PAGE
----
The primary benefit of SSD is performance, but you also get silent running and lower power consumption.

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This Kingston kit is a generous bundle, suitable for converting a laptop or desktop. It includes a USB-powered external disk caddy which assists with the transfer of your existing data as well as enabling you to continue using your old laptop drive for external storage if you wish. There are also brackets and cables so you can fit the drive into a desktop PC, and a CD containing an Acronis disk clone tool.

The recommended method for installation depends on whether you are upgrading a laptop or a desktop.  The first step is the same for both and may be the hardest: reduce the size of the data on your existing drive to less than 240GB. Next, if you are on a laptop, you remove the existing drive install the SSD, fit the existing drive to the caddy and connect it with USB, reboot using the CD, boot into Acronis and clone the existing drive to the SSD.

If you are on a desktop, your existing 3.5” drive will not fit into the caddy, so you fit the SSD to the caddy, connect, reboot into Acronis, clone the existing drive to the SSD, and then switch off and replace the existing desktop drive with the SSD using the brackets provided.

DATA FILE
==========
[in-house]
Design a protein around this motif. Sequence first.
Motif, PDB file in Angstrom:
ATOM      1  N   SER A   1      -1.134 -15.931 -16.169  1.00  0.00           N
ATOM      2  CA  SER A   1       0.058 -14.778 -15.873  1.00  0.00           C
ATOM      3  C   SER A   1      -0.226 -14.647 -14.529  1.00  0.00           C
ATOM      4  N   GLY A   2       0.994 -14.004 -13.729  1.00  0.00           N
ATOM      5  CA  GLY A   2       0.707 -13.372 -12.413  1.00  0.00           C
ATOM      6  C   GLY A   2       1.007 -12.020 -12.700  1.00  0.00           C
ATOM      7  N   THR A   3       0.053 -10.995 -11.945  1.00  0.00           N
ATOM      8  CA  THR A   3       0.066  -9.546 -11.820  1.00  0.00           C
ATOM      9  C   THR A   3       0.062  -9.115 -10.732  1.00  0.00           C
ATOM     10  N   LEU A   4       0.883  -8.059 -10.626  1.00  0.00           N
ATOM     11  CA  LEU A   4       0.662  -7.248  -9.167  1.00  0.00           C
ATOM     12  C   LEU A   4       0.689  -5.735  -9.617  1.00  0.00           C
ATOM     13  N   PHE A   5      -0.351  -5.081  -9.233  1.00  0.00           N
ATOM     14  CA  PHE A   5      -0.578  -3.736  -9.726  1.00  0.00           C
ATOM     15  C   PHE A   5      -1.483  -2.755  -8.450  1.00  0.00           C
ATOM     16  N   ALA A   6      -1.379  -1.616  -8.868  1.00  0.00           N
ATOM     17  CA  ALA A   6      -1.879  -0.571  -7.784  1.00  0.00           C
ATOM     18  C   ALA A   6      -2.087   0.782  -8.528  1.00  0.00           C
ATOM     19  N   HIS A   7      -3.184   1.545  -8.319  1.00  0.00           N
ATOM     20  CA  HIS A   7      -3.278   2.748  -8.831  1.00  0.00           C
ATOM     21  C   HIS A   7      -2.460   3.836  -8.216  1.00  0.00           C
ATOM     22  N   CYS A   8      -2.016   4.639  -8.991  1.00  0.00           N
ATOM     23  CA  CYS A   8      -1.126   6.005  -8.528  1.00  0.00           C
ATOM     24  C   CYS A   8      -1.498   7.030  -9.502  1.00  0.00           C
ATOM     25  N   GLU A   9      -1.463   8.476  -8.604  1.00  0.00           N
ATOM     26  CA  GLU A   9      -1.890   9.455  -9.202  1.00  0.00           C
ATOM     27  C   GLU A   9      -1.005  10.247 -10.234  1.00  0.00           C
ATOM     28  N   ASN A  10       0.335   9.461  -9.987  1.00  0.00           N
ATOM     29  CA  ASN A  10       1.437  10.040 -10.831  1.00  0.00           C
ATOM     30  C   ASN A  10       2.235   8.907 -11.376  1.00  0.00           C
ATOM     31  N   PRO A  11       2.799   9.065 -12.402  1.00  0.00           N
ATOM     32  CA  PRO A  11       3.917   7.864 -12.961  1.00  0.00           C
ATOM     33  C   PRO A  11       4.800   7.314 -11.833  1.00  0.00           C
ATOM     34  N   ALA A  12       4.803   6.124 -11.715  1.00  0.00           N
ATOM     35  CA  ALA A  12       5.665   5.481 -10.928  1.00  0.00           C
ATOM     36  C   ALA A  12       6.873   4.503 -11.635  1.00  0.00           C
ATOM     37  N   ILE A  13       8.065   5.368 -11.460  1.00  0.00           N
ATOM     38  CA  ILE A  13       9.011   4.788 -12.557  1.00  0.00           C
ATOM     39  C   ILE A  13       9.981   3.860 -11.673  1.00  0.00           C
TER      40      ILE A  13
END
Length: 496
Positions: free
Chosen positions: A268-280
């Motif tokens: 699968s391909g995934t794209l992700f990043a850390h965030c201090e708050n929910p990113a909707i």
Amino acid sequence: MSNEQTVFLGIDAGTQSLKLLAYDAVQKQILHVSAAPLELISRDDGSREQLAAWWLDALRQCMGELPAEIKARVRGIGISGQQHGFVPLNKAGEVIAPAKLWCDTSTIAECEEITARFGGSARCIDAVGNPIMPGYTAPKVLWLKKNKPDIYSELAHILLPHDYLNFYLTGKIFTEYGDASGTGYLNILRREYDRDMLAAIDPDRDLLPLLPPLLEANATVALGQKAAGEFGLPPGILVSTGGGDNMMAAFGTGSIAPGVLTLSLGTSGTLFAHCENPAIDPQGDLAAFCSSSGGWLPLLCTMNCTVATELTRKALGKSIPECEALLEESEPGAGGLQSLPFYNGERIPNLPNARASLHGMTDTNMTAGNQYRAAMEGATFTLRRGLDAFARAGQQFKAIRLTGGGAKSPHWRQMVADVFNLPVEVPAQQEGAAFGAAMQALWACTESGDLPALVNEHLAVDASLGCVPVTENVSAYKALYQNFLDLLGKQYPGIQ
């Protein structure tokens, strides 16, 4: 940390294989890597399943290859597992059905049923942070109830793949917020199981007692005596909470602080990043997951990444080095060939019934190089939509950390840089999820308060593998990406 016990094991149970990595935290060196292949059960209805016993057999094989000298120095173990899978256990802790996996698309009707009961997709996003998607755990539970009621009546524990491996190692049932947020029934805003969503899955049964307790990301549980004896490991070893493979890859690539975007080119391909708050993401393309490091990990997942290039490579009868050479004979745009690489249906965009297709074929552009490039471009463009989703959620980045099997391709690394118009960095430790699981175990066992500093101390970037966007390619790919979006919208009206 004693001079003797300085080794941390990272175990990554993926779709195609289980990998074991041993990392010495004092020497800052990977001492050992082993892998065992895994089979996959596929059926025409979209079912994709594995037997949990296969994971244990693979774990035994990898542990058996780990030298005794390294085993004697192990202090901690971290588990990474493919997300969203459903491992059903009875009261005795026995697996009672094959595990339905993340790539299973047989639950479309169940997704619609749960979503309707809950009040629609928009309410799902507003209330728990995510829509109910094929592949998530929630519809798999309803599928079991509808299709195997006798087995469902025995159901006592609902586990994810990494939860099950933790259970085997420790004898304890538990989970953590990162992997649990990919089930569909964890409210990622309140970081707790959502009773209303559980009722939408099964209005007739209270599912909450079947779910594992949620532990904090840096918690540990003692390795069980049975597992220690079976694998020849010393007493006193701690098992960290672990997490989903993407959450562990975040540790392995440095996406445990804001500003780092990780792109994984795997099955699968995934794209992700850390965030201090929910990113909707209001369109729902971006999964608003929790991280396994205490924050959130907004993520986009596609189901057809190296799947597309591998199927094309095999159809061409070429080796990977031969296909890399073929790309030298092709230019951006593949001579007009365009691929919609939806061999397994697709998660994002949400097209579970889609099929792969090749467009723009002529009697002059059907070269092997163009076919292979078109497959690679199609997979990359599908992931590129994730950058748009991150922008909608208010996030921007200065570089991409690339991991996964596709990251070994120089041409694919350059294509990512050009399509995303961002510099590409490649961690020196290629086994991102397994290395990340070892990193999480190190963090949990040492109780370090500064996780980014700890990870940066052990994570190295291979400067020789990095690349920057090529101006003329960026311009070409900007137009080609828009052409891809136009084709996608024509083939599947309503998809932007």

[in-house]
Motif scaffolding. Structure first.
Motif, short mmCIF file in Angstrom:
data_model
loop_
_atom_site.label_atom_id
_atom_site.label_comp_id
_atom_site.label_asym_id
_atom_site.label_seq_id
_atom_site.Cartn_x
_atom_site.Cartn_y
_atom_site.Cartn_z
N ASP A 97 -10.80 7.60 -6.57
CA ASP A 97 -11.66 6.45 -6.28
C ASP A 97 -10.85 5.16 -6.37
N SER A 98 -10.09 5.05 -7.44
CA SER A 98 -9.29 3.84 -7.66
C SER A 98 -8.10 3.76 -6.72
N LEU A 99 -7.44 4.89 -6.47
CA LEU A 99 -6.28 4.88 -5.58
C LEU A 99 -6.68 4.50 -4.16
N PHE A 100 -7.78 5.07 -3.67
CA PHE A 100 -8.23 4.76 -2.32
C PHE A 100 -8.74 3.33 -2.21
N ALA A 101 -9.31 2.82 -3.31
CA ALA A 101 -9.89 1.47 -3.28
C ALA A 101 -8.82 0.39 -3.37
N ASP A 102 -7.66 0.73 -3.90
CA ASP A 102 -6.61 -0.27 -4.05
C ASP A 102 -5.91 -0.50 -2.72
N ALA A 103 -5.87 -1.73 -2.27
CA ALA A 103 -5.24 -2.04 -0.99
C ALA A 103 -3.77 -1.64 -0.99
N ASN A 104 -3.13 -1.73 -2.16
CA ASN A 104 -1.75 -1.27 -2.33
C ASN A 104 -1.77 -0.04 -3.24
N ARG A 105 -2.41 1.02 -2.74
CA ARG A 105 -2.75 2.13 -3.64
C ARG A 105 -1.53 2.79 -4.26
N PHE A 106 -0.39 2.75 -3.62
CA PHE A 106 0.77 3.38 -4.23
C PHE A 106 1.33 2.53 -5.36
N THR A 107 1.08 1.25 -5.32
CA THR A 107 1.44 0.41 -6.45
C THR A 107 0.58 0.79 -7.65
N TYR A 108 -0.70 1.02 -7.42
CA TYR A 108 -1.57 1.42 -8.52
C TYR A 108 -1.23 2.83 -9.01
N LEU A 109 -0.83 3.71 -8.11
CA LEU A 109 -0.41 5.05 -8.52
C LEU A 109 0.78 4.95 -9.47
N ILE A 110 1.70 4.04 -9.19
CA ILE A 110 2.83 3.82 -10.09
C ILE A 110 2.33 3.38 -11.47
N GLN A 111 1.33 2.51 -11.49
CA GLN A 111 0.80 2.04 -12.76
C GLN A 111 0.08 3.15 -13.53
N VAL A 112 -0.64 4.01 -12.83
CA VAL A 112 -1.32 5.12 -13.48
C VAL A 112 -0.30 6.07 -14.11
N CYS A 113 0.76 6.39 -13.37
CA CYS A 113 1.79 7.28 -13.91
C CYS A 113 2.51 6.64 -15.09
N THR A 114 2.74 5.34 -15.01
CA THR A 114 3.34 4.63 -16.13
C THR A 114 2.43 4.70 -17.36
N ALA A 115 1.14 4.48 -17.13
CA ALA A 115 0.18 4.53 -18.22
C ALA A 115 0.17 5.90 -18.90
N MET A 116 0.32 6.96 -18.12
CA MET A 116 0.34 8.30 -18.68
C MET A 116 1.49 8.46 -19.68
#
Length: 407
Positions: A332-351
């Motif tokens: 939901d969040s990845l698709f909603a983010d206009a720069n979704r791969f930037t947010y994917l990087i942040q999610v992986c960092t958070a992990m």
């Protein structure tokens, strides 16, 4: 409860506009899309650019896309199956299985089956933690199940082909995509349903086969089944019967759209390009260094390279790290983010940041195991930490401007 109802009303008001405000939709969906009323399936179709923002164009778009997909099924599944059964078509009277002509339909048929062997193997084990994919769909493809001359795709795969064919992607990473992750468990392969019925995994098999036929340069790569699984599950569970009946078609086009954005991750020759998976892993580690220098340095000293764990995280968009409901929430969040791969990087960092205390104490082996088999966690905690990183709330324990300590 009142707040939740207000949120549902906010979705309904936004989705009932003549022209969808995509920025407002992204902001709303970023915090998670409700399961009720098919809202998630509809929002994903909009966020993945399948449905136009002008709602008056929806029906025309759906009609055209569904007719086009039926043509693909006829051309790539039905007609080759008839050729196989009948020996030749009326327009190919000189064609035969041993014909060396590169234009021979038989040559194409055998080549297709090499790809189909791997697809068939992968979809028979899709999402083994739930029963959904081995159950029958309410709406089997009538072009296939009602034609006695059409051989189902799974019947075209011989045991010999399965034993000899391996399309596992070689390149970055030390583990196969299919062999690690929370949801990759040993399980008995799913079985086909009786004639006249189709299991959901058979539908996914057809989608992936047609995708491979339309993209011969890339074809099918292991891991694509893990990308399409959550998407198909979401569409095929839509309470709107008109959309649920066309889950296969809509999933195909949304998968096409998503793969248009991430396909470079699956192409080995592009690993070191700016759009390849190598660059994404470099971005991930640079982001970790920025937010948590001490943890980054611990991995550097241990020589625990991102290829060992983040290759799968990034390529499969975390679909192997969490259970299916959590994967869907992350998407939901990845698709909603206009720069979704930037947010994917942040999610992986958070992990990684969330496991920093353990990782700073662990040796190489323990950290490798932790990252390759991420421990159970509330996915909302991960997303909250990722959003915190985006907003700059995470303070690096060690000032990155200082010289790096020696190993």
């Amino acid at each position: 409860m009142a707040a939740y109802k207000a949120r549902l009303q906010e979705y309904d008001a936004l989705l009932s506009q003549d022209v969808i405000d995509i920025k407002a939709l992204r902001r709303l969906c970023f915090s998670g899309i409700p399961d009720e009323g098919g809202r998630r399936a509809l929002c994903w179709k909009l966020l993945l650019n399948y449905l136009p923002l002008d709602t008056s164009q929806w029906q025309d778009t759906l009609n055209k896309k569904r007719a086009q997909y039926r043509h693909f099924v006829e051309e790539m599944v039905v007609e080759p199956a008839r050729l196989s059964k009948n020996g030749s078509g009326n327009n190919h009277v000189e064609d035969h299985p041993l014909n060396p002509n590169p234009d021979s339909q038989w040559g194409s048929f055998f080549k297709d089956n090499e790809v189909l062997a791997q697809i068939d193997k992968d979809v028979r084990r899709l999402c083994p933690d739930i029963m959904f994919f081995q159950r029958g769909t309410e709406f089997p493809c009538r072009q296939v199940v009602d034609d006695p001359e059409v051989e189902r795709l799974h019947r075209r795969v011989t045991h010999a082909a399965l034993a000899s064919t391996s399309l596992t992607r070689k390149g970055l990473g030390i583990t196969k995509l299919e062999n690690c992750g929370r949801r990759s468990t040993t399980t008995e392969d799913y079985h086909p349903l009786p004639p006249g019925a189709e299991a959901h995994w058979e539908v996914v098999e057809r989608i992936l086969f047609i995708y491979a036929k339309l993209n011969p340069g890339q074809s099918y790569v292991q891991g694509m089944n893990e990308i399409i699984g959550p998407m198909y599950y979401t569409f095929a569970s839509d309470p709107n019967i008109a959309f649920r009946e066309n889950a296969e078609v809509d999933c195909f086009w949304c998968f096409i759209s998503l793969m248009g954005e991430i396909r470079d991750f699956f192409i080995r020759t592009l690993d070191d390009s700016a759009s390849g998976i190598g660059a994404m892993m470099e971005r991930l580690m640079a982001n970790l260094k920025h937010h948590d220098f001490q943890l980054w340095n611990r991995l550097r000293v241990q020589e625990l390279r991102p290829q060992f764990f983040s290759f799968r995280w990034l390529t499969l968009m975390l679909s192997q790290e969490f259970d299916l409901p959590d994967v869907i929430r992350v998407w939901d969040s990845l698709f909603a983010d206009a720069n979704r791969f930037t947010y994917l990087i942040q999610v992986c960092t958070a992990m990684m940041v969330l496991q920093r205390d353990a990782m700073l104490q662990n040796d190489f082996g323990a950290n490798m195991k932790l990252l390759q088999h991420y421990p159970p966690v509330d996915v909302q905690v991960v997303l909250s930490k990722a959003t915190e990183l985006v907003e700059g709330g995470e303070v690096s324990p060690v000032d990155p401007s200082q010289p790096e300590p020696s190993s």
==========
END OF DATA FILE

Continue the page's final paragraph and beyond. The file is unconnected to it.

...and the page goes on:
For this review I used the former approach but either should work well. On a three-year old laptop running Windows 7 64-bit I was rewarded with a Windows Experience Index for the hard drive of 7.7.

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However, this laptop only has SATA 2, whereas the drive supports SATA 3 and would work faster if this were available.

Kingston quotes 480 MB/s for sequential writes and power consumption of 0.565w idle rising to 2.065w for writes.

If you do not need the kit you can get the SSD a little cheaper on its own.

An excellent kit though, and the Acronis cloning solution is cleaner than others I have seen which require software to be installed in Windows.

 

Whoosh! Review: Samsung 830 series SSD kit

Is it worth replacing your laptop’s hard drive with a solid state drive instead? If you can put up with a few limitations (and perhaps a smaller drive) then it probably is. SSD is faster than a spinning disk, and you will notice this in the form of faster boot, faster application loading, and a snappier system in general. Battery life may improve too.

This review covers the Samsung 830 series 128GB SSD, specifically the laptop installation kit which contains all you need (except the screwdriver).